Tourism in Serbia is an industry which has economically impacted quite substantially on rural areas of Serbia. Tourism on a village level covers a wide-variety of activities, not only a holiday in the country but includes other leisure. Rural tourism in Serbia is an emerging industry, which is meeting the demand of tourists, button the other hand is a fairly new source of income generation in rural areas, which is less engaging in typical agricultural activities while preserving old-traditions. Essentially, in many cases, this is not just about getting into the rural tourism game, but saving rural infrastructure against the encroachment of and the loss to city life.
A Monday in August isn’t the best time to find the owner of Boki Food, he’s busy with buying fruit and vegetables from his cooperating grower farmers. If you do find him, the wait is worth it. Dejan Joksimović and his son, Lazar, operate the Boki Food company in the farming community of Donja Toponica, 10 minutes west of the bustling town of Prokuplje, two hours south of Belgrade.
Salaš Tatic is quick drive from Belgrade, only 1.5 hours on the road to Subotica, a few minutes to the salaš on secondary roads through Srbobran to the village of Turija. The salaš is spread across the bank of the historic Danube-Tisa-Danube (DTD) canal, a waterway which was the main commercial transport for goods from the early 1800s to the mid-1900s.
Customer complaints have been perceived, for too long, as a burden for a company, when in reality it should be seen as a benefit. By grasping the value of complaints, this in effect will improve your products and services open market value, but also increases your company’s efficiency overall.
The Development of Financial Systems in Rural Aras in Serbia program (SRFP), implemented by German Development Bank (KfW) in partnership with the Serbian Ministry of Agriculture, Forestry and Water Management and with technical assistance (TA) support from Business & Finance Consulting (BFC), takes pleasure to announce the release of the June–October 2021 training schedule. To date, SRFP has held 125 business skills trainings since program inception for nearly 4,000 persons involved in the Serbian business world. In the June-October 2021 period, 72 trainings are planned on a number of topics previously given — six new training topics will be offered:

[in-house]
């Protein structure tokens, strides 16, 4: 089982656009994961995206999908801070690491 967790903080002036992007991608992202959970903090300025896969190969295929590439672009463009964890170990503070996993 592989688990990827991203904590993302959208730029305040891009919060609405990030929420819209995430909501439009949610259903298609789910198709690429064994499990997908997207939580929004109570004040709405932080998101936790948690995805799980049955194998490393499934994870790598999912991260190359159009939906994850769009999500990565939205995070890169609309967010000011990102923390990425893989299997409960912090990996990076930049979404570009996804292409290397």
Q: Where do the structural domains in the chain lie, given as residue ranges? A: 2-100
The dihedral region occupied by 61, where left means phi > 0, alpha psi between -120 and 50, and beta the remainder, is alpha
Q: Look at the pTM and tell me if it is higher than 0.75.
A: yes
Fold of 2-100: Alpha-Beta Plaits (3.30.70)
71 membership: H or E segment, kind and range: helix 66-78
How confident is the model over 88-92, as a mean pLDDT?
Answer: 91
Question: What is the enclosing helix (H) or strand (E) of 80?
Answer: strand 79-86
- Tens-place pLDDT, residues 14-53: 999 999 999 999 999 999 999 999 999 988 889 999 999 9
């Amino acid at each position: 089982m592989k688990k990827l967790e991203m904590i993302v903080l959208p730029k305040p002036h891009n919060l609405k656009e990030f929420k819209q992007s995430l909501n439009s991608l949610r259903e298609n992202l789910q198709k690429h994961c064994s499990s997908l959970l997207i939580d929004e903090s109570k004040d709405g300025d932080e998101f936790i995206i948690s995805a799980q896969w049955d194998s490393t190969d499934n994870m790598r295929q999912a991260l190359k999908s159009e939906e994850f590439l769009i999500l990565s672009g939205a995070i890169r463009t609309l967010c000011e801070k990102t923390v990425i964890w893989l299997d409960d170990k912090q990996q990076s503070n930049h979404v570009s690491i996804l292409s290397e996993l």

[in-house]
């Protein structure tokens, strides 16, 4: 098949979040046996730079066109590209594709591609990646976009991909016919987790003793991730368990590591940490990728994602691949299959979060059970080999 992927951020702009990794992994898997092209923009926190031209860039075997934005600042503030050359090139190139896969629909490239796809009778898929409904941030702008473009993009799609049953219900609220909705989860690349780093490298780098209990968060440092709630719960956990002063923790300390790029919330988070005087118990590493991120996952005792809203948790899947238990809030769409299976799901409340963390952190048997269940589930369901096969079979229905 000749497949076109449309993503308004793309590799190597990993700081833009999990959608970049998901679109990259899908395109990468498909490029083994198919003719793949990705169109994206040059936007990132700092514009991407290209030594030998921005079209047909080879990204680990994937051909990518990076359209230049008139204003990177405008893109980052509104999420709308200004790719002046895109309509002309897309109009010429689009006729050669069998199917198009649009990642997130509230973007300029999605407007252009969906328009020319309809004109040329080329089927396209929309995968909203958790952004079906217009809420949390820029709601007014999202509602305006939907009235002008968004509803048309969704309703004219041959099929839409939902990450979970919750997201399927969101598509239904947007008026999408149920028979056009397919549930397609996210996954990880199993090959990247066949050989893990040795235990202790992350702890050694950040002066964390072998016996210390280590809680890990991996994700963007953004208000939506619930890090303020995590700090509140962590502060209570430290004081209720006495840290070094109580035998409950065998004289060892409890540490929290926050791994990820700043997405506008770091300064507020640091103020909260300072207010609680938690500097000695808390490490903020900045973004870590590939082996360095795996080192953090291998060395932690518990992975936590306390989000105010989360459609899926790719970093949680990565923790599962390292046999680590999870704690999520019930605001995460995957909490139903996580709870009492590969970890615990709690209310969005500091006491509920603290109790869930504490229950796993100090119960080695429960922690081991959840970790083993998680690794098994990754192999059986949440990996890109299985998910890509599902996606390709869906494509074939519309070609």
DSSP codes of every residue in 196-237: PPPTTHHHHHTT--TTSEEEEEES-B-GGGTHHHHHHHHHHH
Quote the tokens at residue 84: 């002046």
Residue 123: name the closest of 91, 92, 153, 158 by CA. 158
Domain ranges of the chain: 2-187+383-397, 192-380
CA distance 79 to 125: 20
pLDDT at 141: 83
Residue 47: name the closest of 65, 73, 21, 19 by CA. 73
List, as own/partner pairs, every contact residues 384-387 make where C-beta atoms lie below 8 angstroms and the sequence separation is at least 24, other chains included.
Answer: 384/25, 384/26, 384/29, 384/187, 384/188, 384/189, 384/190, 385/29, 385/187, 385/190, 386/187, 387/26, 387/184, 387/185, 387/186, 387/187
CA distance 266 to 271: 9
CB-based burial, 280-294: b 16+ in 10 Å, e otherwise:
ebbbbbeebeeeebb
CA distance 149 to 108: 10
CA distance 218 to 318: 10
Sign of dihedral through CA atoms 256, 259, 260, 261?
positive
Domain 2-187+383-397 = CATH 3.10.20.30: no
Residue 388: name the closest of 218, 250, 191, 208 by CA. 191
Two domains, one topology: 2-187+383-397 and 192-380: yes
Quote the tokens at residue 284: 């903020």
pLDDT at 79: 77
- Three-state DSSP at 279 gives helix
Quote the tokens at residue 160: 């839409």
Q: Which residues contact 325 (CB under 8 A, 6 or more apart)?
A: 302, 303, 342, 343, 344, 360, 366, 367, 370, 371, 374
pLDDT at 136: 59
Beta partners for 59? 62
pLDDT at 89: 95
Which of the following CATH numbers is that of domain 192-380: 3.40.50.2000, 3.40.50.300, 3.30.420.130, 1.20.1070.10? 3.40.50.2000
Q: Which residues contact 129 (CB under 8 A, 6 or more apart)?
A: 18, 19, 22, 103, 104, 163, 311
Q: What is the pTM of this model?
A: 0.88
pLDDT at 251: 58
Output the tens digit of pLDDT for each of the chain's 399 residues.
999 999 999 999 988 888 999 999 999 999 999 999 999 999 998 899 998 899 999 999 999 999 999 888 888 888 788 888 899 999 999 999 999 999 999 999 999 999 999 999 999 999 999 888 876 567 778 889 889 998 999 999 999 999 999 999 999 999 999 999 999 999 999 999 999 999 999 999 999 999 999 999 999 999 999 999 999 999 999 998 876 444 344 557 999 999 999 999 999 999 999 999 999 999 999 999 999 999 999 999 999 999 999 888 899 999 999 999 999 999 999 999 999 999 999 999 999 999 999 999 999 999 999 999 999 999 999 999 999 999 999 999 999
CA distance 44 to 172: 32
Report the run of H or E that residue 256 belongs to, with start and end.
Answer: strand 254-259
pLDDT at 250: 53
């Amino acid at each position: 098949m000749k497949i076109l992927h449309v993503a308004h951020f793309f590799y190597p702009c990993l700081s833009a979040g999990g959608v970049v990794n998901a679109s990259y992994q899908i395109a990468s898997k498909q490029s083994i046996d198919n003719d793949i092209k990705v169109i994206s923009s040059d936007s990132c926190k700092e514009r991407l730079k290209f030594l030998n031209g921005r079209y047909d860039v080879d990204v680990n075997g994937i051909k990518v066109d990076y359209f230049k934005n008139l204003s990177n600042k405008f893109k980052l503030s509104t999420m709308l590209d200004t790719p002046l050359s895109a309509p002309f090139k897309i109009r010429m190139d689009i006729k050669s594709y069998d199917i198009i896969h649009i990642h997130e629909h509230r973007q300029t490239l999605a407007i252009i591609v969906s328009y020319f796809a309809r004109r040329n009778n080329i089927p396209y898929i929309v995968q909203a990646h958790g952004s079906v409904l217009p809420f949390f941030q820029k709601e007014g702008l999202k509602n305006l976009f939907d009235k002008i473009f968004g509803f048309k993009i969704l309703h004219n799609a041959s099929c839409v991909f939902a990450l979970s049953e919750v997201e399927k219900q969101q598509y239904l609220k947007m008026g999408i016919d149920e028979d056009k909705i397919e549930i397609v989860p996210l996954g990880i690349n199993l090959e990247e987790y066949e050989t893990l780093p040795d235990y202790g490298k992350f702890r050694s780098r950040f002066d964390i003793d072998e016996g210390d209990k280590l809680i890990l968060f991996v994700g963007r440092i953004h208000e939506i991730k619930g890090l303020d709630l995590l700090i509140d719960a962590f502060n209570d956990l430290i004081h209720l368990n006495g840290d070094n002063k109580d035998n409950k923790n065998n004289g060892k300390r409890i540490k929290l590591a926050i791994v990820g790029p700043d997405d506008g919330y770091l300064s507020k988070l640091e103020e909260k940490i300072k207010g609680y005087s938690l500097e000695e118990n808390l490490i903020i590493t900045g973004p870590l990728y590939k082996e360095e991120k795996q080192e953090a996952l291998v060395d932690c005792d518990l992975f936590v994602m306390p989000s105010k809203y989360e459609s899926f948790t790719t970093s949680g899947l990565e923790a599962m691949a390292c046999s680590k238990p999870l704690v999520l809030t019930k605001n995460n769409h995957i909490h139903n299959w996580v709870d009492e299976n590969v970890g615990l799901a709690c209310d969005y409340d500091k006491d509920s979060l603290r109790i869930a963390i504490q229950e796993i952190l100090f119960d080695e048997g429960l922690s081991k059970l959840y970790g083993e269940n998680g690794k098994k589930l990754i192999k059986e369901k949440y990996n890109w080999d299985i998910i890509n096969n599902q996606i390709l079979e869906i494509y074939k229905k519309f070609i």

Brain drain and loss of skilled employees in the workforce. Where are they, where are they going and what can we do to find and keep workers? Employee attraction and retention is a serious problem in Serbia.
Everywhere in Serbia, including a few training participants from other Western Balkan countries.
Before passing your farm on to the next generation or transferring it to someone else who wants to use it for their own farming operations, it is prudent to prepare a farm transfer action plan that includes a transfer timeline and all required documents for facilitating the handover.
In this article we shall focus on: 1) Business Angel investor and 2) Venture Capital investor. To distinguish between the two simply in a few words, a Business Angel investor invests in business start-ups or start-up ideas, with smaller investments, and a Venture Capital investor invests in more mature companies or start-ups, with larger investments. Business Angel investing is riskier due to financing in an almost unknown business, whereas Venture Capital investing is investing in larger amounts in a relatively established and proven business idea.
Apart from favorable conditions, organic agriculture in Serbia is underdeveloped. There are a number of reasons for this that our producers encounter when switching or engaging in this production.